Tag Archives: Peter Jackson

LEGO The Hobbit

LEGO The Hobbit (Xbox One) Review – Charming, But A Bit Too Familiar

The LEGO series is one of the most highly-regarded franchises that specializes in taking popular licenses and putting the LEGO spin on them. Travelers Tales have been helming the LEGO series of video games for a while now, bringing beloved series such as Star Wars and Harry Potter to LEGO form with great results. However, the amount of LEGO games that have been coming out lately has increased A LOT, and LEGO The Hobbit happens to be smack in the middle of these seemingly-endless LEGO games. Is the LEGO formula getting stale? Well, a little bit.

For those of you not in the know, The Hobbit tells the story of the peaceful and reserved Bilbo Baggins (the eponymous hobbit) who suddenly finds himself thrown into a huge adventure when the wizard Gandalf comes knocking on his door. He brushes the old wizard off at first, but when a crowd of dwarves end up coming to Bilbo’s home, eat all of his food and talk of the home that they are trying to get back form the evil dragon Smaug, he ends up caving in and going along.

I can’t state enough how wonderfully the LEGO visuals and Tolkien’s world mix together in this game, as it has a light-hearted charm but also a sense of epic scale and wonder. Even though almost everything is made out of LEGOs, the environments look lush and detailed, always making the world seem truly vast and exciting. The character models are also very nice, with all of our favorite hobbits, wizards, dwarves and elves looking fabulous in their new LEGO forms.


Accompanying the visual charm is the dialogue’s charm, with every character interaction being absolutely precious and often hilarious. The sense of humor in this game is perfect, as many of the more serious and dramatic moments from The Hobbit movies are parodied in a way that made me laugh many times. The game is able to balance these tonal shifts very well, as I never thought that the comedy was forced or the sense of conflict too overbearing.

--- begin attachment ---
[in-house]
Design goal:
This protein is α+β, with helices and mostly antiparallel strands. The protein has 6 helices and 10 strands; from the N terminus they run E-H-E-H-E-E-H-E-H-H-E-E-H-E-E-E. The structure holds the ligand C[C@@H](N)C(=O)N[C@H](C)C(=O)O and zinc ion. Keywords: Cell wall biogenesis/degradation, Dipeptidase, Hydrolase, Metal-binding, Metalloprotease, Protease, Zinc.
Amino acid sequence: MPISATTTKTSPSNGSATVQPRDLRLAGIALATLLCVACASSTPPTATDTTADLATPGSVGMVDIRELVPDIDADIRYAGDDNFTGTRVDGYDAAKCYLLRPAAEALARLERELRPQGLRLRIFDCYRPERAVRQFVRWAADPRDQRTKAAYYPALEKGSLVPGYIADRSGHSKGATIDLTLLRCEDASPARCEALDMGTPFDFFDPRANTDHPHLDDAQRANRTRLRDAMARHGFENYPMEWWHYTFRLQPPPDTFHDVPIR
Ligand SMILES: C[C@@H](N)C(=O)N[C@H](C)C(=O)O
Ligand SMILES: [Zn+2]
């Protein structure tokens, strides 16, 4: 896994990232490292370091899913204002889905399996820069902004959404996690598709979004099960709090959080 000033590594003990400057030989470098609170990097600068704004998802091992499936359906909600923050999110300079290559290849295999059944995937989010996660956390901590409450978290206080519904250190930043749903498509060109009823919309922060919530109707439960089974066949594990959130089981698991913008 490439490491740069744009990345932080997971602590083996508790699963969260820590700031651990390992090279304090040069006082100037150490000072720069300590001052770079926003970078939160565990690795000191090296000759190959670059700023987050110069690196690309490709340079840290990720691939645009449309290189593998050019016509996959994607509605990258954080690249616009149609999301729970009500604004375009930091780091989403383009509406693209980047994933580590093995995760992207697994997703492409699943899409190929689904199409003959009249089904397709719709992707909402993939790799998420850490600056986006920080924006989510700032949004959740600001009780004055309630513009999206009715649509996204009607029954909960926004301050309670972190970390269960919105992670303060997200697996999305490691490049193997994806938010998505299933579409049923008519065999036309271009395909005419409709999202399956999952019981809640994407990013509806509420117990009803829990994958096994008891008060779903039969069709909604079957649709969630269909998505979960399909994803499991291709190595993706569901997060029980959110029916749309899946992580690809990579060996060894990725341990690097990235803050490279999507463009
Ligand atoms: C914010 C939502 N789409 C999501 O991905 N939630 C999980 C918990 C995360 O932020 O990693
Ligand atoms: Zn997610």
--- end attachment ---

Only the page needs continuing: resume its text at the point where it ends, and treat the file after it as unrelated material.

Like in just about every LEGO game, the gameplay is rather simple and to-the-point. You run around collecting LEGO pieces that you can use to purchase or upgrade things, and you get those LEGO pieces by laying waste to just about anything that is in your way.You also get them from defeating enemies, of which you will come across many of in the game. This is probably where LEGO The Hobbit stumbles the most, as the combat scenarios quickly get repetitive due to their lack of variety and difficulty. Luckily there are enough impressive locales and characters to make these situations not as problematic as they otherwise would be.

The world of LEGO The Hobbit is impressively large, offering you plenty of things to do outside of the main game. As you make your way across Middle-earth you will come across a variety of interesting characters that will need your help in some way or another, and it’s up to you to lend a helping hand. Some of these characters will ask you to help them find a missing person, while others will be looking for a particular LEGO piece that you need to hunt down. The rewards for completing these quests are nice enough, but due to the game’s very easy difficulty they aren’t very necessary.


LEGO The Hobbit presents a beautiful world that blends both LEGO and Tolkien together in an amazing way, but it’s the series’ lack of gameplay variety and difficulty that keeps it from being a true knockout. Luckily, even if you have the slightest interest in either LEGO or Tolkien you will probably be more than happy to overlook its flaws and get swept away in this charming adventure. LEGO The Hobbit may not be as perfect as it could have been, but it nevertheless is an enjoyable adventure that just about anyone can find some value in.


The Hobbit: An Unexpected Journey (2012) Review

The legacy Peter Jackson left behind with The Lord of the Rings was massive. Jackson had successfully adapted 3 of the most cherished and beloved fantasy epics of all time to the big screen, and suddenly the world of Tolkien had opened up to an entirely new generation. The films were huge box office-successes; they were all nominated for many awards (with the last one winning 11 Oscars) and really pushed the boundaries of what was capable of being captured on film.

Now, nearly 10 years since TLOTR’s conclusion, we are being introduced to a new trilogy that will serve as the prequel. This trilogy has long been in-development, with numerous changes and setbacks taking place. Guillermo Del Toro was originally set to direct before dropping out, which resulted in Jackson taking the reigns once again. Then we have the fact that Jackson has split this one book into 3 films, whereas TLOTR was 3 separate books that got 3 separate films. Was Jackson pushing this too far?